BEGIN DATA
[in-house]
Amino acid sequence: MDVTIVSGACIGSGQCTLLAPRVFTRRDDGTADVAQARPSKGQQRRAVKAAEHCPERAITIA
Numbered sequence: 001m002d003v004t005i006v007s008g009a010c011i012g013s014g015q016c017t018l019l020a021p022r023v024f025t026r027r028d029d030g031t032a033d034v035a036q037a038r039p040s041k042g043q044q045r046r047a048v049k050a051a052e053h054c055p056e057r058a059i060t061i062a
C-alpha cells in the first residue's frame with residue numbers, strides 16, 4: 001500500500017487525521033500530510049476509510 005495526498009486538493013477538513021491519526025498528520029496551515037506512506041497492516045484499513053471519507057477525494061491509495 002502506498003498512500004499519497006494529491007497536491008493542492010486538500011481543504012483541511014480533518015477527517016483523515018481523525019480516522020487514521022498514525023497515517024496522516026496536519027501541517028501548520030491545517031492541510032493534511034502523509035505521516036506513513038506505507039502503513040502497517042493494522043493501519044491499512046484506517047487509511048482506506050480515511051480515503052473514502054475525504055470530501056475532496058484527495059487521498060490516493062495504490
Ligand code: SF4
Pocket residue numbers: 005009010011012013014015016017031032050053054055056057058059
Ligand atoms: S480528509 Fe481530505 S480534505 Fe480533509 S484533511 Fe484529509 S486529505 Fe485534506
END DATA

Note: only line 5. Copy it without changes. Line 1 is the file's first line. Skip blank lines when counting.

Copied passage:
Ligand code: SF4